Have you heard about the Genesis Suite? In 1944, Hollywood composer/arranger Nathaniel Shilkret commissioned leading composers of the day (Stravinsky, Schoenberg, Milhaud, Castelnuovo-Tedesco, Tansman and Toch) to write a piece based on the book of Genesis. The seven-movement work (Shilkret himself wrote one of the movements) premiered in 1945 in Los Angeles. In the early 1960s there was a fire at Continue reading “The Genesis Suite”
Discover the artistry of choreographer Jerome Robbins at a lecture and video preview of Pacific Northwest Ballet’s program, All Robbins. All Robbins includes three ballets: Fancy Free, In the Night and The Concert (or, The Perils of Everybody) with music by Leonard Bernstein and Chopin.
Doug Fullington, Educational Programs Manager at PNB will discuss the cheorographer and the three ballets and answer questions Continue reading “All Robbins all evening: a Pacific Northwest Ballet Preview”
Unless you were living in Phnom Penh in the 1960s, you’ve probably never heard anything quite like Cambodian Cassette Archives: Khmer Folk & Pop Music, Vol. 1 (Various Artists, 2004) before. Painstakingly compiled from over 150 cassettes found in the Asian branch of the Oakland Public Library (by folks at Seattle’s own Sublime Frequencies label), this album is an eclectic collection of rock, dance, new wave, ballads, and other pop songs made in Cambodia and the United States (by Cambodian expatriates) from the 1960s to the 1990s. Little is known about many of these artists, many of whom may have perished under Pol Pot’s despotic regime; indeed, many tracks have neither titles nor artist names.
Yet the lack of information about these songs doesn’t make this collection any less fun to listen to. Fusing operatic Cambodian vocals with psychedelic guitar noodlings, synth-driven beats, and funky horns, these tunes will startle and delight new listeners with their Continue reading “Turn It Up!: Cambodian Cassette Archives”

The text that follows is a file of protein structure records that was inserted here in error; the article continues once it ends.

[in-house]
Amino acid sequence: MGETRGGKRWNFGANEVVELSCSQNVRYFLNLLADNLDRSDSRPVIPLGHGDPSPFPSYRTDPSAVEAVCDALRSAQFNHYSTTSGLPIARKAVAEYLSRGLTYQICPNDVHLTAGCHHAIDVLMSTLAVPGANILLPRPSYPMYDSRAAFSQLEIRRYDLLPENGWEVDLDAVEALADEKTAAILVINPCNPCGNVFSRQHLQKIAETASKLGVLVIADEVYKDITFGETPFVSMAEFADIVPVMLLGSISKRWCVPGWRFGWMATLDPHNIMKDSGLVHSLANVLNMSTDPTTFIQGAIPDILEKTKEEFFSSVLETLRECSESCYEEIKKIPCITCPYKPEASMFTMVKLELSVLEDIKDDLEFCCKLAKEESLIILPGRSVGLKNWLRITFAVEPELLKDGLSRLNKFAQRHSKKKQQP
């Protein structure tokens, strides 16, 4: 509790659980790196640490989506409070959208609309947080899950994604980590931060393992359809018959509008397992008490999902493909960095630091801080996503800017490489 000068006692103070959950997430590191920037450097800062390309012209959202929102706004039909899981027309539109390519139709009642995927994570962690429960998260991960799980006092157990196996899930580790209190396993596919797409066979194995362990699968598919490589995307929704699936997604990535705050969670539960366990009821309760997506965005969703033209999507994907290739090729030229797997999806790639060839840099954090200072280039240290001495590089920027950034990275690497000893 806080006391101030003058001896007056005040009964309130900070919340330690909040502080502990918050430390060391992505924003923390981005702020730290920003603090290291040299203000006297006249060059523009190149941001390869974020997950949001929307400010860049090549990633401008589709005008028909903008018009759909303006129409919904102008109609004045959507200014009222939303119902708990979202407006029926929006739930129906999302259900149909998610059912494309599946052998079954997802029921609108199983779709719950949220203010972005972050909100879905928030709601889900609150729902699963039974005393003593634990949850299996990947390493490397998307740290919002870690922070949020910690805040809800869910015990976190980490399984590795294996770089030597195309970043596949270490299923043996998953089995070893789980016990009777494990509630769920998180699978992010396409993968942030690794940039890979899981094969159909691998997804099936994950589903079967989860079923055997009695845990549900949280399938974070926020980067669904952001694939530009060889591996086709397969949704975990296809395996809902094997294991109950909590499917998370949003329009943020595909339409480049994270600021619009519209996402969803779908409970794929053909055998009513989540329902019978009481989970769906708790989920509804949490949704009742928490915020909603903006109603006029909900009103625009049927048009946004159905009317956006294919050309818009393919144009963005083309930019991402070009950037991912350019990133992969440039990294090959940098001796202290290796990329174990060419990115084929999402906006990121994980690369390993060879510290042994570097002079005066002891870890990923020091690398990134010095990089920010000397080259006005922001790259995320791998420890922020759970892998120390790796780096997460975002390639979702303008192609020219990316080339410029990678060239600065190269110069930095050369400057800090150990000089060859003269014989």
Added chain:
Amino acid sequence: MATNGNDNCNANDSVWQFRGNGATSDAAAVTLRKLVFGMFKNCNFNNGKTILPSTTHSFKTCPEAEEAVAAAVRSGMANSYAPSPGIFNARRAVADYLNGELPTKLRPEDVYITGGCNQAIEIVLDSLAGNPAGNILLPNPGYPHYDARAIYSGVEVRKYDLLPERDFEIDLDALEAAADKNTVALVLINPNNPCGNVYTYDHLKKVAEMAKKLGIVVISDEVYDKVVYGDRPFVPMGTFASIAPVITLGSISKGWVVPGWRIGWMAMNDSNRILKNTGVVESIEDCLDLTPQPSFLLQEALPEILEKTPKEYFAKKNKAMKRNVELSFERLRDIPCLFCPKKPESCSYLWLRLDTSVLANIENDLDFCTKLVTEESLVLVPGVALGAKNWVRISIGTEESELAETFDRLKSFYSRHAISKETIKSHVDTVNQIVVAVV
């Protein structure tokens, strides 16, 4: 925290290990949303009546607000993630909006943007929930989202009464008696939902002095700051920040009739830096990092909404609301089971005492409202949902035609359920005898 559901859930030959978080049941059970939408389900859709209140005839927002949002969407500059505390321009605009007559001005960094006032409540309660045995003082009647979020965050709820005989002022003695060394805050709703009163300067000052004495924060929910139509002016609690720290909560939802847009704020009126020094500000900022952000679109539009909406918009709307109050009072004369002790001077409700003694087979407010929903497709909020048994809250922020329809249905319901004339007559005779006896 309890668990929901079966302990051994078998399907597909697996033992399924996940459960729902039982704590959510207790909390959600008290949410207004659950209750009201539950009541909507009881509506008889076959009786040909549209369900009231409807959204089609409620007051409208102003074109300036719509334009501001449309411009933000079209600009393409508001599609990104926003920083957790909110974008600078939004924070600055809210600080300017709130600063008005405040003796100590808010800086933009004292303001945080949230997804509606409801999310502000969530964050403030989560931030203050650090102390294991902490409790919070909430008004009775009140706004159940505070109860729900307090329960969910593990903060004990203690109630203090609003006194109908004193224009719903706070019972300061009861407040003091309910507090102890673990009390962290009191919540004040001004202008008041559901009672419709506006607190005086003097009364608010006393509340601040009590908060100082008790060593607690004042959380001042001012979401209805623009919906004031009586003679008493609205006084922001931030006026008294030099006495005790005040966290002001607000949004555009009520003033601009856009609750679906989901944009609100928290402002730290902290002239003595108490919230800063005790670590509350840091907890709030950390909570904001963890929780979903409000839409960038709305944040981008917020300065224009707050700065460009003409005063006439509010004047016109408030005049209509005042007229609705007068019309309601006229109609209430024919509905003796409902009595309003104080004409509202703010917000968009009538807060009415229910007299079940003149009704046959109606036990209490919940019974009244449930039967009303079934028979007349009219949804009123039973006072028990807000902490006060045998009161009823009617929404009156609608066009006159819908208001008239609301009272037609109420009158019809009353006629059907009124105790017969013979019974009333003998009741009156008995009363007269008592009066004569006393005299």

Ballet is a feast for the eyes. But don’t forget your ears. DIRECTOR’S CHOICE, the Pacific Northwest Ballet’s March 2008 program, includes some material from new choreographers and some unusual composers. Musical selections by Mikel Rouse, Arvo Paart, Phlip Glass and Thom Willems will be previewed in the Microsoft Auditorium of the Seattle Public Library’s Central Library on Tuesday, March 11, at noon. See The Library Calendar for more information. And once you’ve been to the preview or to the performance, explore more unique musical offerings by some of these composers.
- Arvo Paart is a unique electronic book that combines a biography of this Estonia composer as well as selections from his music including material in the distinctive “tintinnabuli” style developed by Pärt. You can download the book by clicking on the link above.
- Orient & Occident – a 2002 recording of Paart’s work by the Swedish Radio Symphony Orchestra and Chorus. According to some critics this performance reveals Paart’s music genius at its most mystical.
- Heroes Symphony – a 1997 recording by the American Composers Orchestra of this classic Philip Glass piece, which includes music by David Bowie and Brian Eno.
- The Illusionist– a 2006 recording of Philip Glass’s score from the award-winning film from the Czech Film Orchestra. Glass’s dreamy and dramatic work won several awards for Best Score.
One thing I notice when watching some of the edgier television shows released on DVD for home viewing, is the excellent music selections that appear incidentally at the end or in the middle of a show, sort of audio riffs on some pragmatic theme. Whoever is choosing this music has a great ear for matching mood to sound.
Lately I’ve taken to following up and tracking down some great CD’s by finding a soundtrack compilation CD in the library collection, say music from the excellent HBO Shakespearean gone Western series Deadwood. Going through the list of performers on the CD leads me to these blues/folk/roots recordings in the library collection that I might otherwise have missed:
- Press On by June Carter Cash, a Grammy award-winning recording issued late in her career
- 1963 Isn’t 1962 by Bukka White, a terrific live recording of the blues great made after his “re-discovery” in 1963.
- Animal Folk Songs for Children compiled and performed by Ruth Crawford Seeger, noted American Modernist and music scholar (no relation to Pete Seeger). She originally published this collection in 1948 for use in children’s music education
~posted by Kay K.